Given their high interest rates, why do so many people continue to borrow money on credit cards? According to Sha Yang and colleagues, part of the answer has to do with people being unrealistically optimistic about paying off their balance each month.
Two hundred and seventy-one credit card users were surveyed repeatedly about the cards they used, their intention to pay off their monthly balances, and what their actual credit balances were.
From a pragmatic perspective, people who allow debt to accumulate on a card would be better off using a card with a cheap interest rate, even if the annual fee were large. However, the researchers found that people who said they intended to pay off their balance, but didn't, were more likely to use cards with higher interest rates, and less likely to use cards with a higher (one-off) annual fee.
The researchers said: “These findings show that people who are more subject to unrealistic optimism will be more prone to select cards that do not serve their interests”.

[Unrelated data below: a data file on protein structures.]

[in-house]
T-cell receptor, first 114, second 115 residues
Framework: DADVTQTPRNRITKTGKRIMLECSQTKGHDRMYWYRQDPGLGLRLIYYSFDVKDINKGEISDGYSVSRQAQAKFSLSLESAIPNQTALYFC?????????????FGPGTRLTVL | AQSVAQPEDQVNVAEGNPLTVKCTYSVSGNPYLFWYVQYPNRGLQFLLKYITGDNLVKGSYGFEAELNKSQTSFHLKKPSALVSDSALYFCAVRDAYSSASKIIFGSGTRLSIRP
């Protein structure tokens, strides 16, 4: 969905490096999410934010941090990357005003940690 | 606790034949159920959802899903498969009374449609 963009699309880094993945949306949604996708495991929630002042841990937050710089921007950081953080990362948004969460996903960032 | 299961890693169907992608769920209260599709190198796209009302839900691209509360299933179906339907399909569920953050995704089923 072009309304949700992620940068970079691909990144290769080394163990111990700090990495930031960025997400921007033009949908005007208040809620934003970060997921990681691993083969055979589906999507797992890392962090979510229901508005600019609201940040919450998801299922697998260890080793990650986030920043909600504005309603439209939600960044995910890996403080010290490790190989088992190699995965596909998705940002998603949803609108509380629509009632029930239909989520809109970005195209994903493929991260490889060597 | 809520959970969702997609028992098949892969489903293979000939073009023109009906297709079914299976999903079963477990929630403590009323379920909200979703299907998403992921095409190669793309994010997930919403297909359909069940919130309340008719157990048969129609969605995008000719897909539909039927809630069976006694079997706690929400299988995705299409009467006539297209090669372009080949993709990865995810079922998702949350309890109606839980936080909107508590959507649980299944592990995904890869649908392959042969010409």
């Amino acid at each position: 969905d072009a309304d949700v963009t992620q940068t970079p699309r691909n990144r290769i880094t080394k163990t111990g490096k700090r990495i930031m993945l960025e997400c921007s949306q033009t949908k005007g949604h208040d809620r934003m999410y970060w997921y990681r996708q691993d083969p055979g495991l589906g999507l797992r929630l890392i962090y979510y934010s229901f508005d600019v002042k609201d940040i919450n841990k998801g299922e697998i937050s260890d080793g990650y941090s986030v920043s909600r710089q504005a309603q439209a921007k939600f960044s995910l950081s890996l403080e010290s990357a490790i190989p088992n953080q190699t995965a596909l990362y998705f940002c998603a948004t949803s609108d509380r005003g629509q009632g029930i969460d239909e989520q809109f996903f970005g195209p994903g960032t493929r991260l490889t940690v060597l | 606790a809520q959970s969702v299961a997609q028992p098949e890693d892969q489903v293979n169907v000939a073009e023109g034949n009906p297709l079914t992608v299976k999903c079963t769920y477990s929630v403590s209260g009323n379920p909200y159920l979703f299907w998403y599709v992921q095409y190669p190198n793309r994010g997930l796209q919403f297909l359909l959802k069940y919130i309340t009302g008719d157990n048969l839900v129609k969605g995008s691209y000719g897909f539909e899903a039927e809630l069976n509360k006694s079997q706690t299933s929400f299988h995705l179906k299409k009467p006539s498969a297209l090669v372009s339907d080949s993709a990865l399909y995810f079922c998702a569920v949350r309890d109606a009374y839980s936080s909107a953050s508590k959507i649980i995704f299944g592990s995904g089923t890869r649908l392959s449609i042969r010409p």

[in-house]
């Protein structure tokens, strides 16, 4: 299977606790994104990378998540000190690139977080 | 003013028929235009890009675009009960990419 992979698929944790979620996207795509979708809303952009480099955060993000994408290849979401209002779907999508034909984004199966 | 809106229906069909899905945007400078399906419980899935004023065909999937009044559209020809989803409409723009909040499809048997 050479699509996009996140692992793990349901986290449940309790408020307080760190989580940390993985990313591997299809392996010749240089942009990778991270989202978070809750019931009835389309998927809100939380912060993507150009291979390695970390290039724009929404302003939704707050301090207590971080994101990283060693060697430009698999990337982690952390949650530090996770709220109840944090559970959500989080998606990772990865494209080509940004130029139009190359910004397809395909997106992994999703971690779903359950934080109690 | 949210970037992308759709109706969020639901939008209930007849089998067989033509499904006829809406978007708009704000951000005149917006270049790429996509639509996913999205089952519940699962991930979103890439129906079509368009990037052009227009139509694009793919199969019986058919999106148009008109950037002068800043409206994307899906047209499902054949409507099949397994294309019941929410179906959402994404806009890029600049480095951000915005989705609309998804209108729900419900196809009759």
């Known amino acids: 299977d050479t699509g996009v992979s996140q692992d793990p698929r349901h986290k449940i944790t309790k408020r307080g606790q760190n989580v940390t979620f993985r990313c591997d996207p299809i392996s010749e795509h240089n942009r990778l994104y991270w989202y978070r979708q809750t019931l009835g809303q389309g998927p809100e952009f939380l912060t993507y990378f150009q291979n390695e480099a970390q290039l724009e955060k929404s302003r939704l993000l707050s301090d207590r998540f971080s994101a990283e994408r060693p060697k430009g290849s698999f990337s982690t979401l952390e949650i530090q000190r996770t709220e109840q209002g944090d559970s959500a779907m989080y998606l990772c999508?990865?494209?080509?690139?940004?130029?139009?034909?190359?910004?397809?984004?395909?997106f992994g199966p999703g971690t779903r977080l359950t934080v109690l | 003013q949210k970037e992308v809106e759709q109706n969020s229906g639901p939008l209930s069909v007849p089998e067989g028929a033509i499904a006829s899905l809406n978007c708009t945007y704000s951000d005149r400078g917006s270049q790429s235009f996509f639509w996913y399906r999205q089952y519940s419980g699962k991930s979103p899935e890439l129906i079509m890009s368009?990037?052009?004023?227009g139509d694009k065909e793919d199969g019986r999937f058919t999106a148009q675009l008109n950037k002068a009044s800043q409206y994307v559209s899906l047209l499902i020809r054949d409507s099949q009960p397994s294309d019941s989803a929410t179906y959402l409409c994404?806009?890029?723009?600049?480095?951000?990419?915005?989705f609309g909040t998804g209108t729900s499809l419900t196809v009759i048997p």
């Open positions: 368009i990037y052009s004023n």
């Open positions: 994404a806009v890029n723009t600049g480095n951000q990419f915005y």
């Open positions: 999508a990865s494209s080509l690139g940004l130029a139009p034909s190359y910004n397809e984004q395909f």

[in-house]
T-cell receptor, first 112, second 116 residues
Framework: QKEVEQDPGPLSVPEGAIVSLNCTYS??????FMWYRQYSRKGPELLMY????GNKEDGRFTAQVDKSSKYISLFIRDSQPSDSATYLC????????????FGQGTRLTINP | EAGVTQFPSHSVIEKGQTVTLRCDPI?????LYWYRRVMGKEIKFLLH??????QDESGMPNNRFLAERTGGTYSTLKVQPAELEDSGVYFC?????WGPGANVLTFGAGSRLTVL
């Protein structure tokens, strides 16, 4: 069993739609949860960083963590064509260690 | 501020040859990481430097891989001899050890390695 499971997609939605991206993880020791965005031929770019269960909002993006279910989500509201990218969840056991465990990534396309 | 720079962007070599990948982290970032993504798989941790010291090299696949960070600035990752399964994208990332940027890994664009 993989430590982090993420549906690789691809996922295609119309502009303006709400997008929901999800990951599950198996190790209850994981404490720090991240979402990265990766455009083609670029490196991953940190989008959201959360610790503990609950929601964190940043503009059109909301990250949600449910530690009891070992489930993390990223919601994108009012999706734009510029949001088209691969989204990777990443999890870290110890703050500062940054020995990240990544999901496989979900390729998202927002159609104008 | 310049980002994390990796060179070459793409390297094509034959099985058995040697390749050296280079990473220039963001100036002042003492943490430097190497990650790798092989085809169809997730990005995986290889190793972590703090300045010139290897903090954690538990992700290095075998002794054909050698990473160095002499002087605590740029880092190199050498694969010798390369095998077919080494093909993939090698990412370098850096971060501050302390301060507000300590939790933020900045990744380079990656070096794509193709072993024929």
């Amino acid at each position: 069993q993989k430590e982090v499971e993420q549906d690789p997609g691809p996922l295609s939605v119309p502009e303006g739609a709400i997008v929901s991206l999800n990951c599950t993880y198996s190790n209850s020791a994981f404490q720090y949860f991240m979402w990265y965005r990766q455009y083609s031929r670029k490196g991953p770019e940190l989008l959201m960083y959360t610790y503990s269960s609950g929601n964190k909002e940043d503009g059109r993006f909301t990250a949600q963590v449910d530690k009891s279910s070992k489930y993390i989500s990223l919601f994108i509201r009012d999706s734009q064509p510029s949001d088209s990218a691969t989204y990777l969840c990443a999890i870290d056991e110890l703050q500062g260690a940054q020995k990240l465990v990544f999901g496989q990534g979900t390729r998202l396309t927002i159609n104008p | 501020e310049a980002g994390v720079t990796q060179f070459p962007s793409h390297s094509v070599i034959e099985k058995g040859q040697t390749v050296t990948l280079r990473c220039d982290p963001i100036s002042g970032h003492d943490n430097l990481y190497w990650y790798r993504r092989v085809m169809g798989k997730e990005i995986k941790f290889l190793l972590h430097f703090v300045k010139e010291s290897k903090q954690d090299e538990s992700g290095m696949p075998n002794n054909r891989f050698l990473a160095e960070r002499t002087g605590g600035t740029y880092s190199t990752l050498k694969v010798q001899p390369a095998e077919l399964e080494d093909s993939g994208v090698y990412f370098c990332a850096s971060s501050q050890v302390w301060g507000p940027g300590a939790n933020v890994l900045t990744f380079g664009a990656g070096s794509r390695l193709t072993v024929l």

A second study involved 75 participants who made hypothetical choices between rival credit cards and also completed a questionnaire that revealed their propensity for wishful thinking. Consistent with the first study, people prone to wishful thinking were less bothered by a high interest rate, but more concerned with a avoiding a higher annual fee.
“We show that unrealistic optimism may be one of the psychological explanations underlying why some consumers prefer credit cards with features that are not in their best interest, which has long been a puzzle for both researchers and credit card marketers”, the researchers said, adding that public policy may be needed to protect such people.
Yang, S., Markoczy, L. & Qi, M. (2007). Unrealistic optimism in consumer credit card adoption. Journal of Economic Psychology, 28, 170-185.
Post written by Christian Jarrett (@psych_writer) for the BPS Research Digest.